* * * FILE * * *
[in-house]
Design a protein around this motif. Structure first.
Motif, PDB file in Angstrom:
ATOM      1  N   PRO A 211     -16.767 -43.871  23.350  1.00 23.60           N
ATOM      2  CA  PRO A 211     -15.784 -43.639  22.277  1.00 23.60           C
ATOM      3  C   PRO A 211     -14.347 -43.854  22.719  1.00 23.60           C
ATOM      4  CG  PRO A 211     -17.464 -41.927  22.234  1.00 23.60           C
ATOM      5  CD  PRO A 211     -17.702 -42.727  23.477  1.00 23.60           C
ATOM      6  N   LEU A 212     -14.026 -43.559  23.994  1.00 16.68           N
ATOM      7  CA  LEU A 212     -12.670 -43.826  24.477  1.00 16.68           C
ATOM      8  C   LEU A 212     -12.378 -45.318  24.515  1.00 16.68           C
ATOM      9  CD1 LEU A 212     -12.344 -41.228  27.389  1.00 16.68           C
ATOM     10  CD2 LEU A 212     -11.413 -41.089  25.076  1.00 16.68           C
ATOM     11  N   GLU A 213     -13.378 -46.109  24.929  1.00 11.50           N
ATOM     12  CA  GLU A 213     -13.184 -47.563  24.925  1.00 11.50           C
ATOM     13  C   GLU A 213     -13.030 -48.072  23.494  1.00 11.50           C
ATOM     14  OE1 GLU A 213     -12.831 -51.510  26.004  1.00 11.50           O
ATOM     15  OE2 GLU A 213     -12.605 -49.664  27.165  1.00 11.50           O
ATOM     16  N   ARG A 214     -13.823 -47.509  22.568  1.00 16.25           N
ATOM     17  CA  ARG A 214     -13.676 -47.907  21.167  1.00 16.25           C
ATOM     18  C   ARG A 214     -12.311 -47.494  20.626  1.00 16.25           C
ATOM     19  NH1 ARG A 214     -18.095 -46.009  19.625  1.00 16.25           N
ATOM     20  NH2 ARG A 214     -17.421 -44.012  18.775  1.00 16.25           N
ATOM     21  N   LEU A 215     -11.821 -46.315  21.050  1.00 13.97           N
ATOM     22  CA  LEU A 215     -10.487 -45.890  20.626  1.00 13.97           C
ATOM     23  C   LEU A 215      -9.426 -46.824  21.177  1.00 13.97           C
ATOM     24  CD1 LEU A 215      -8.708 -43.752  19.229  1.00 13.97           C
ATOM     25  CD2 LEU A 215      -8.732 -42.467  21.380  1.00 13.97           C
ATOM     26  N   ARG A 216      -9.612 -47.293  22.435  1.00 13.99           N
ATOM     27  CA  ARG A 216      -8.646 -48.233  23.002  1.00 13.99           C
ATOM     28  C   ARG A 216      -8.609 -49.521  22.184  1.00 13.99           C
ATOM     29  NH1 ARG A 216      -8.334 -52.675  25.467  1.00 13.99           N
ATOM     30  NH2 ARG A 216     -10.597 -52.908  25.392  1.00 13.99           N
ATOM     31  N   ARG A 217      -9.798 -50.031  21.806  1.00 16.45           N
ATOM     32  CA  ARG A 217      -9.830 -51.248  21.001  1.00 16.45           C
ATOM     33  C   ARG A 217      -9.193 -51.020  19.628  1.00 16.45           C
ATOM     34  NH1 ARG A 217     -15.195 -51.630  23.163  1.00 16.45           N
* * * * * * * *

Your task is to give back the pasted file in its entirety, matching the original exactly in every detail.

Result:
[in-house]
Design a protein around this motif. Structure first.
Motif, PDB file in Angstrom:
ATOM      1  N   PRO A 211     -16.767 -43.871  23.350  1.00 23.60           N
ATOM      2  CA  PRO A 211     -15.784 -43.639  22.277  1.00 23.60           C
ATOM      3  C   PRO A 211     -14.347 -43.854  22.719  1.00 23.60           C
ATOM      4  CG  PRO A 211     -17.464 -41.927  22.234  1.00 23.60           C
ATOM      5  CD  PRO A 211     -17.702 -42.727  23.477  1.00 23.60           C
ATOM      6  N   LEU A 212     -14.026 -43.559  23.994  1.00 16.68           N
ATOM      7  CA  LEU A 212     -12.670 -43.826  24.477  1.00 16.68           C
ATOM      8  C   LEU A 212     -12.378 -45.318  24.515  1.00 16.68           C
ATOM      9  CD1 LEU A 212     -12.344 -41.228  27.389  1.00 16.68           C
ATOM     10  CD2 LEU A 212     -11.413 -41.089  25.076  1.00 16.68           C
ATOM     11  N   GLU A 213     -13.378 -46.109  24.929  1.00 11.50           N
ATOM     12  CA  GLU A 213     -13.184 -47.563  24.925  1.00 11.50           C
ATOM     13  C   GLU A 213     -13.030 -48.072  23.494  1.00 11.50           C
ATOM     14  OE1 GLU A 213     -12.831 -51.510  26.004  1.00 11.50           O
ATOM     15  OE2 GLU A 213     -12.605 -49.664  27.165  1.00 11.50           O
ATOM     16  N   ARG A 214     -13.823 -47.509  22.568  1.00 16.25           N
ATOM     17  CA  ARG A 214     -13.676 -47.907  21.167  1.00 16.25           C
ATOM     18  C   ARG A 214     -12.311 -47.494  20.626  1.00 16.25           C
ATOM     19  NH1 ARG A 214     -18.095 -46.009  19.625  1.00 16.25           N
ATOM     20  NH2 ARG A 214     -17.421 -44.012  18.775  1.00 16.25           N
ATOM     21  N   LEU A 215     -11.821 -46.315  21.050  1.00 13.97           N
ATOM     22  CA  LEU A 215     -10.487 -45.890  20.626  1.00 13.97           C
ATOM     23  C   LEU A 215      -9.426 -46.824  21.177  1.00 13.97           C
ATOM     24  CD1 LEU A 215      -8.708 -43.752  19.229  1.00 13.97           C
ATOM     25  CD2 LEU A 215      -8.732 -42.467  21.380  1.00 13.97           C
ATOM     26  N   ARG A 216      -9.612 -47.293  22.435  1.00 13.99           N
ATOM     27  CA  ARG A 216      -8.646 -48.233  23.002  1.00 13.99           C
ATOM     28  C   ARG A 216      -8.609 -49.521  22.184  1.00 13.99           C
ATOM     29  NH1 ARG A 216      -8.334 -52.675  25.467  1.00 13.99           N
ATOM     30  NH2 ARG A 216     -10.597 -52.908  25.392  1.00 13.99           N
ATOM     31  N   ARG A 217      -9.798 -50.031  21.806  1.00 16.45           N
ATOM     32  CA  ARG A 217      -9.830 -51.248  21.001  1.00 16.45           C
ATOM     33  C   ARG A 217      -9.193 -51.020  19.628  1.00 16.45           C
ATOM     34  NH1 ARG A 217     -15.195 -51.630  23.163  1.00 16.45           N